Support teams as extended family - Avenues Group
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Support teams as extended family

Tuesday 11th of September 2018

Giving someone quality support depends on understanding them as an individual – their specific needs, what they like, what they don’t like, their background and simply how they’re feeling today. Connecting with people’s families is central to this understanding, and in Enfield Avenues works closely with mum Patsy Kehela to ensure we give her son the support he needs …

“He finds it very hard to sit still, and his favourite outlet for all his energy is to walk. He sometimes goes to the gym but really prefers to be outside and loves to feed the animals in the local parks. He walks for miles and miles. While it can be exhausting, we’re thankful to him for keeping us all fit and healthy”, said Patsy.

“He was born with autism and a learning disability, but this became more complex when he was prescribed a drug called Largactil when he was 21. He instantly changed, and started displaying behaviours we had never had before, including the inability to be still for any more than a few moments. We now understand that this is a condition called akathisia which can be caused by psychtropic medication.”

While most of these behaviours, which can be challenging and unpredictable, are decreasing in frequency with the right support, her son’s need to keep moving rarely diminishes, so exercise is a key part of supporting him successfully.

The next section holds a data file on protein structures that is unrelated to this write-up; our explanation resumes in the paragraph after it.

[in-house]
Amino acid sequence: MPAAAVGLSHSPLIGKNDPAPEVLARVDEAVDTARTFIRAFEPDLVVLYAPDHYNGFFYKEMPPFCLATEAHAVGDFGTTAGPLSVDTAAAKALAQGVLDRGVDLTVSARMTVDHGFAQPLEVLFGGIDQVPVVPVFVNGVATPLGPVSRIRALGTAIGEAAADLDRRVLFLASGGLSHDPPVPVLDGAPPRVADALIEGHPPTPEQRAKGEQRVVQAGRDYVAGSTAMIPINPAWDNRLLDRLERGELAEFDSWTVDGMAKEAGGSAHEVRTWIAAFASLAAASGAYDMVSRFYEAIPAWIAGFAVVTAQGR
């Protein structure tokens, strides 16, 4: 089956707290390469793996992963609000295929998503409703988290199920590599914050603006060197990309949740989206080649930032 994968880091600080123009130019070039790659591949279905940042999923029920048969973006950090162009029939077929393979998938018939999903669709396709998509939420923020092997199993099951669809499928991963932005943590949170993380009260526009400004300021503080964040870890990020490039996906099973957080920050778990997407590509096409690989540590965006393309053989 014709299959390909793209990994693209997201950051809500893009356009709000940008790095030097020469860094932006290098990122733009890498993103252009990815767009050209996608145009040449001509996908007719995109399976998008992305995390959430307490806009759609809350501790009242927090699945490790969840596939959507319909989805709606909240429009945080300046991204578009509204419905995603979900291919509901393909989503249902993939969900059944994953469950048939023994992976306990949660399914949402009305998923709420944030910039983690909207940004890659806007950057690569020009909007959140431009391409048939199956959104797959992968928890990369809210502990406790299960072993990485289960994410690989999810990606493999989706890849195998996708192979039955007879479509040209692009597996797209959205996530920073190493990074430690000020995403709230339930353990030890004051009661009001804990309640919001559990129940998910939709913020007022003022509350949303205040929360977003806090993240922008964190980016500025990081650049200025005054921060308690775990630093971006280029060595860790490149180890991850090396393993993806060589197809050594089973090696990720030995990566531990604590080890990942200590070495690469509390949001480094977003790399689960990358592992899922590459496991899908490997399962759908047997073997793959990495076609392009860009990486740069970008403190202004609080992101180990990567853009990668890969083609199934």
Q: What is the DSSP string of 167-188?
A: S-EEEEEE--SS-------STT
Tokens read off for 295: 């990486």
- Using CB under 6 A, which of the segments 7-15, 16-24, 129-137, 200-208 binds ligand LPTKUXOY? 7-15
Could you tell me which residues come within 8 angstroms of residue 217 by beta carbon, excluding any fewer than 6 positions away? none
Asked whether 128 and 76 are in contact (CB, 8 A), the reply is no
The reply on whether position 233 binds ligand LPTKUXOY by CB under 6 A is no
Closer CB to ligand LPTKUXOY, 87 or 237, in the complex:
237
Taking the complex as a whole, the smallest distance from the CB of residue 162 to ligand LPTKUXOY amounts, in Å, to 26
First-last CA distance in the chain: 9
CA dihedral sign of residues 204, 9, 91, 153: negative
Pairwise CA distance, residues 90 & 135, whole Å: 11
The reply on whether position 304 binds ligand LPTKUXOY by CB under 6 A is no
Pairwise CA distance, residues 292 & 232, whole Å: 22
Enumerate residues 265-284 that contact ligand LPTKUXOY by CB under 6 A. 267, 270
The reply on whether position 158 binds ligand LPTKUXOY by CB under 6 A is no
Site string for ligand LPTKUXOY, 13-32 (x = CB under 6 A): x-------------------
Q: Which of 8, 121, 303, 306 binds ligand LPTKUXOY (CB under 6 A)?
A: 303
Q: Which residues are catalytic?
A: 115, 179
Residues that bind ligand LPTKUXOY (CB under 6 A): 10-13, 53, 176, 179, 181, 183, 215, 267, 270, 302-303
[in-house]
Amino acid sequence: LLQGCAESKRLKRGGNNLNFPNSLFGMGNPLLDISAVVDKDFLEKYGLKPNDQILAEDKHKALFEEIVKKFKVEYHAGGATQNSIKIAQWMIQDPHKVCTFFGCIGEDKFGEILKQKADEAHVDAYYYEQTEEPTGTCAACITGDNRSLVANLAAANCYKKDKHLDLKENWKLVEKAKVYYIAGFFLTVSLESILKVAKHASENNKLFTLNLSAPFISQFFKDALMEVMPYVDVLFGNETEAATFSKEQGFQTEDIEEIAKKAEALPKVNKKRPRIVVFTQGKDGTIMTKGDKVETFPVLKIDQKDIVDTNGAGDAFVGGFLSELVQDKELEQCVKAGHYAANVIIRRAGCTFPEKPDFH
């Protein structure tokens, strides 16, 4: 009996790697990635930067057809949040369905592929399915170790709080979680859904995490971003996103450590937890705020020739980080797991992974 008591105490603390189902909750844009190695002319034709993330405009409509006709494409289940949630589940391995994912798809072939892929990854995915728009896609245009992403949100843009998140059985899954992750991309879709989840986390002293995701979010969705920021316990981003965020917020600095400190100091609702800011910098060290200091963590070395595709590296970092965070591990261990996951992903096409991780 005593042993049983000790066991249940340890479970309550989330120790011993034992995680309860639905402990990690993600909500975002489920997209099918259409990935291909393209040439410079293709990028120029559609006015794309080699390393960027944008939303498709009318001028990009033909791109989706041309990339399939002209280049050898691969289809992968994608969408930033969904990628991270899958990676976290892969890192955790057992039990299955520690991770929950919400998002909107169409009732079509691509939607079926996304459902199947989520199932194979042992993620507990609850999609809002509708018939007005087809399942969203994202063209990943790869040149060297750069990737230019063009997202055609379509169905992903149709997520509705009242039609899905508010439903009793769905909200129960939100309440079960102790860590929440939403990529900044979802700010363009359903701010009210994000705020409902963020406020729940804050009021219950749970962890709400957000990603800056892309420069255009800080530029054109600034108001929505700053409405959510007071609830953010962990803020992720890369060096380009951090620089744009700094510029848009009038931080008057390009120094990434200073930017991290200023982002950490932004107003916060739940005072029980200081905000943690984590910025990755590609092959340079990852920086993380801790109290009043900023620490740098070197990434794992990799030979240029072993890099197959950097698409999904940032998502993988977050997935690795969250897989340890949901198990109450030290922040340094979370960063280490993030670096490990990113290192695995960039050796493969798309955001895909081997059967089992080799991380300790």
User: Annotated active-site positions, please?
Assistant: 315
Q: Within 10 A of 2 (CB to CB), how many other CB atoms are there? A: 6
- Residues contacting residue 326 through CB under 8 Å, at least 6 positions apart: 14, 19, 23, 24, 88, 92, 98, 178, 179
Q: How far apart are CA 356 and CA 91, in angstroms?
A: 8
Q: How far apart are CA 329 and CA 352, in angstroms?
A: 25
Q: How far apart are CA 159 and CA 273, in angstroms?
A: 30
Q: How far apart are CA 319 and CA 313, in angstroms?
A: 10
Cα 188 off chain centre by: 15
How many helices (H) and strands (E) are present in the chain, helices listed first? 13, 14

Melanie Smith (above right) supports him in addition to her other role as a strength and conditioning trainer – “I really enjoy working with him because we both value exercise. We’re a great match and have a great rapport. We walk for hours every day. His home is ideally located for him, as he’s surrounded by parks and woodland, and his mum has a nearby allotment where he goes to help out. He also likes to go to a dance club on a Friday so it’s pretty non-stop – he’s one of the fittest guys I know!”

Patsy visits regularly through the week and has a strong relationship with the support staff. She said: “We really are a team, and all want the best for him. I feel involved in the support he gets but they also know they can tell me if he’s is having a difficult day and it’s not a good time to visit. We all want the best for him so listening to each other is really important. The support staff feel like our extended family.”